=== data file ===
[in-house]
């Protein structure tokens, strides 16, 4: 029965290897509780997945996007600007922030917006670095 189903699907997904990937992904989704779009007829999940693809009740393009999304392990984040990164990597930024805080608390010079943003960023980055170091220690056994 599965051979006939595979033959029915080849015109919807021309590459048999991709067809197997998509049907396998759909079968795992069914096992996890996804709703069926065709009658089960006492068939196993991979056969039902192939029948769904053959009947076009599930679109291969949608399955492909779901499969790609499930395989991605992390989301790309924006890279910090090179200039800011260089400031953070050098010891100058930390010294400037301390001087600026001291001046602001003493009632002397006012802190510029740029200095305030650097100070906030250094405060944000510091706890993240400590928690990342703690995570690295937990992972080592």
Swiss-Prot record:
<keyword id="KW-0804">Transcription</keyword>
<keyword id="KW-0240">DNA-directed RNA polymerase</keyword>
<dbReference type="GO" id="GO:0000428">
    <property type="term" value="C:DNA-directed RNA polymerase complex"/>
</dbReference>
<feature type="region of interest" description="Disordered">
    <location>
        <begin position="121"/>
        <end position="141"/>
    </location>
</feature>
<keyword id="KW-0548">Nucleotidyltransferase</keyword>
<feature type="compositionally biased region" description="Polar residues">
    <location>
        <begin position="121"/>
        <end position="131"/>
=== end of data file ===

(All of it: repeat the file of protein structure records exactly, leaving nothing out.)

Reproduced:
[in-house]
């Protein structure tokens, strides 16, 4: 029965290897509780997945996007600007922030917006670095 189903699907997904990937992904989704779009007829999940693809009740393009999304392990984040990164990597930024805080608390010079943003960023980055170091220690056994 599965051979006939595979033959029915080849015109919807021309590459048999991709067809197997998509049907396998759909079968795992069914096992996890996804709703069926065709009658089960006492068939196993991979056969039902192939029948769904053959009947076009599930679109291969949608399955492909779901499969790609499930395989991605992390989301790309924006890279910090090179200039800011260089400031953070050098010891100058930390010294400037301390001087600026001291001046602001003493009632002397006012802190510029740029200095305030650097100070906030250094405060944000510091706890993240400590928690990342703690995570690295937990992972080592």
Swiss-Prot record:
<keyword id="KW-0804">Transcription</keyword>
<keyword id="KW-0240">DNA-directed RNA polymerase</keyword>
<dbReference type="GO" id="GO:0000428">
    <property type="term" value="C:DNA-directed RNA polymerase complex"/>
</dbReference>
<feature type="region of interest" description="Disordered">
    <location>
        <begin position="121"/>
        <end position="141"/>
    </location>
</feature>
<keyword id="KW-0548">Nucleotidyltransferase</keyword>
<feature type="compositionally biased region" description="Polar residues">
    <location>
        <begin position="121"/>
        <end position="131"/>